In Antigoni Stavrakis v. Underwriters at Lloyds London, (27 Fla. L. Weekly D101a M.D. Fla. June 29, 2018), Judge Kovachevich ruled on the amount of attorney’s fees that a plaintiff was entitled to as the prevailing party in a declaratory judgment action. The Plaintiff sought $128,565.00 in attorney’s fees.
Judge Kovachevich first addressed Florida law that adopts the federal lodestar approach for determining reasonable attorney’s fees. The Judge discussed the factors to be considered by the Court and noted that the computation necessarily requires the exercise of judgment because there is no “precise rule or formula.”
Because the Court is “itself an expert on the question [of attorney’s fees] it may consider its own knowledge and experience concerning reasonable and proper fees and may form an independent judgment either with or without the aid of witnesses as to value.” The Court importantly stated that it is the fee applicant who bears the burden of establishing entitlement and documenting the appropriate hours and hourly rates.
The Court made the following determinations:
- Attorney’s fees for pre-suit legal work are not recoverable under Fla. Statute 627.428 or 626.9373 unless the pre-suit work was necessitated by an insurer’s unreasonable conduct.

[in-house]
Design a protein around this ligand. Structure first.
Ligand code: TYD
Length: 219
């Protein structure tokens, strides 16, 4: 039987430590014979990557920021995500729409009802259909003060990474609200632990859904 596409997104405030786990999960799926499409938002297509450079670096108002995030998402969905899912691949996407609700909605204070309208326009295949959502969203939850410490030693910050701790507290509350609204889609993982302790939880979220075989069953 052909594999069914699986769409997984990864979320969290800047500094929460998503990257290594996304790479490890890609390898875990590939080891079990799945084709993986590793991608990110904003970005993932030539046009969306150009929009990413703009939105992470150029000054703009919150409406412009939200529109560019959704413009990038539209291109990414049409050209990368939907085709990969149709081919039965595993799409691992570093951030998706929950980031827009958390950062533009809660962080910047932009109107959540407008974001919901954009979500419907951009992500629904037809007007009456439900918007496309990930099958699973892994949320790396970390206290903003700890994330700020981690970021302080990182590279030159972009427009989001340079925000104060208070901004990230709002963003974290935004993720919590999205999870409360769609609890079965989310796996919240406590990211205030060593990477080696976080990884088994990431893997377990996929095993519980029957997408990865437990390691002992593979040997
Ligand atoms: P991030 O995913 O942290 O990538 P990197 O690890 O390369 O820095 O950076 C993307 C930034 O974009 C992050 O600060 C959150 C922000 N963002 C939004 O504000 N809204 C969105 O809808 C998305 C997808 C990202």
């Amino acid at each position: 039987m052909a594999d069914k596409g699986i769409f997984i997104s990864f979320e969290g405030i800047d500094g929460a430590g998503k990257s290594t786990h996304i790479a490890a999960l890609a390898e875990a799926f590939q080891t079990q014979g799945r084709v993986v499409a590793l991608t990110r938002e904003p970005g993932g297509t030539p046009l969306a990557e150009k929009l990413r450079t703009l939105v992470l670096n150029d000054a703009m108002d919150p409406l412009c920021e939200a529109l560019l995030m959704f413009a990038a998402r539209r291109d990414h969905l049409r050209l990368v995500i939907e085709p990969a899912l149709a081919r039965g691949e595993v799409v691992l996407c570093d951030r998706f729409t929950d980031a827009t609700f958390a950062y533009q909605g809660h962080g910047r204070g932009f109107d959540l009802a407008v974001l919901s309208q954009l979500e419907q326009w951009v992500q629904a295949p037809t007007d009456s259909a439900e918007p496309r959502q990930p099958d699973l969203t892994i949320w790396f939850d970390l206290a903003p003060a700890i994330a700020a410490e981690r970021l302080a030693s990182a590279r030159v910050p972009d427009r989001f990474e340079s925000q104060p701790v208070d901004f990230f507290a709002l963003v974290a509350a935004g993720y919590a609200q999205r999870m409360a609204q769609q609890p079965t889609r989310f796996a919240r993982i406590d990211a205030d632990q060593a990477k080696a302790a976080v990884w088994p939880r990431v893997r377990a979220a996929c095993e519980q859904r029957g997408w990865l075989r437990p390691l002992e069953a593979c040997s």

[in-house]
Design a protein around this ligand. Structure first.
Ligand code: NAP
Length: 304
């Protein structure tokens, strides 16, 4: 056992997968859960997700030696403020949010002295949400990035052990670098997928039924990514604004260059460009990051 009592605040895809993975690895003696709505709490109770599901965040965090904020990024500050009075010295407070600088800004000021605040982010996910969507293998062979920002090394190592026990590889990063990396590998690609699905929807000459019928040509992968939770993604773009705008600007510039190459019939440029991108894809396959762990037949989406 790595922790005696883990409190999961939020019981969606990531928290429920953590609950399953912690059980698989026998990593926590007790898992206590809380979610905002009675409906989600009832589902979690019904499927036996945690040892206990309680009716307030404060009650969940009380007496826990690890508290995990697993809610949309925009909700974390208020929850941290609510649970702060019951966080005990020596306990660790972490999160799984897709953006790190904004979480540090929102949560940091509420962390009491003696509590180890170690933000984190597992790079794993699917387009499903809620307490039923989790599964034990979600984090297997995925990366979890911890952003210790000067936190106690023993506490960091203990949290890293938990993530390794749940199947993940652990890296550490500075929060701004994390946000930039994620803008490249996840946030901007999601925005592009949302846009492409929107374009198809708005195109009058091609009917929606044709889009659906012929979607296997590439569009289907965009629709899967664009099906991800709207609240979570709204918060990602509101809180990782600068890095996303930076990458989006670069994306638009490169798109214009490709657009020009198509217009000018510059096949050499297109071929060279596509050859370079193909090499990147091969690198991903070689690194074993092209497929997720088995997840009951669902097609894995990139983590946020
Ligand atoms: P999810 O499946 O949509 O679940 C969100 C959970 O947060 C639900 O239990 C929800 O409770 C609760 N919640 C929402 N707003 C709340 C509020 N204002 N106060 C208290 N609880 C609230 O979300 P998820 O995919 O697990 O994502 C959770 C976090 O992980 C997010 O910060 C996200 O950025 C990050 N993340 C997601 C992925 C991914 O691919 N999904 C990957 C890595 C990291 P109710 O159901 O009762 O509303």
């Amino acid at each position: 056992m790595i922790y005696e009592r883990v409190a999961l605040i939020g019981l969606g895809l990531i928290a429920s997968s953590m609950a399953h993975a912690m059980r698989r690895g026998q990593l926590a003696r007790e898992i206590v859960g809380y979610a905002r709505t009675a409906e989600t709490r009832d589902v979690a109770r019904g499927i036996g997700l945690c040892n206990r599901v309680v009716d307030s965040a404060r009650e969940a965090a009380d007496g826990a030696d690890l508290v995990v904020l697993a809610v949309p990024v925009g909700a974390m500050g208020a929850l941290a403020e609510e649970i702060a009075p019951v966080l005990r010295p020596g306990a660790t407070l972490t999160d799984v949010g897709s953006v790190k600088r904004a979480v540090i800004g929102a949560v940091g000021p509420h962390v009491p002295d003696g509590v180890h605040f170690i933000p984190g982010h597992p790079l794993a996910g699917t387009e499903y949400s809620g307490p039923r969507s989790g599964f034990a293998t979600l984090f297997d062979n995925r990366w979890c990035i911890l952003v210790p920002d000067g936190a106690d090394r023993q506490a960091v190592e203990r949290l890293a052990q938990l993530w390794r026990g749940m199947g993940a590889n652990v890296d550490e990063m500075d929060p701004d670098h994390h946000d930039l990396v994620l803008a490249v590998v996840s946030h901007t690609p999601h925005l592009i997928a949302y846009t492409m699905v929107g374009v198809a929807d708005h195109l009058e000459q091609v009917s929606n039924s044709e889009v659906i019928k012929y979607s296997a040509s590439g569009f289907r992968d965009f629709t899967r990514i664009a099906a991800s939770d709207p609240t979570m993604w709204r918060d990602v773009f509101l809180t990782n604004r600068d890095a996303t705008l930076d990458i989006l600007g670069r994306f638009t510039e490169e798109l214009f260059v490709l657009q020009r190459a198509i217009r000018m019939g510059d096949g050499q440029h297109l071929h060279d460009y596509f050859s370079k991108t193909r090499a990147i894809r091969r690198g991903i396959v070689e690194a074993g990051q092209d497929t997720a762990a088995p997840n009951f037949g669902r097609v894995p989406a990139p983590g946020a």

- The Court should exclude excessive, unnecessary and redundant hours.
- Fees that are the result of excessive meetings between attorneys, billing for administrative tasks, senior counsel’s billing for legal research that could have been assigned to an associate or paralegal, and billing at full rates for non-legal tasks like travel and clerical functions should be cut.
- Time which is block billed (multiple tasks within the same time entry) should be cut because it results in imprecision on the attorney’s time records.
- Travel is a non-legal task, and therefore not compensable.
- An attorney’s reasonable hourly rate is based upon the prevailing market rate in the relevant legal community for similar services by lawyers of reasonably comparable skills, experience and reputation. Considering all factors present in the case, $450 per hour was reasonable.
- A multiplier was not warranted because Plaintiff did not request one and because no evidence concerning any of the relevant factors that would support a multiplier was submitted.
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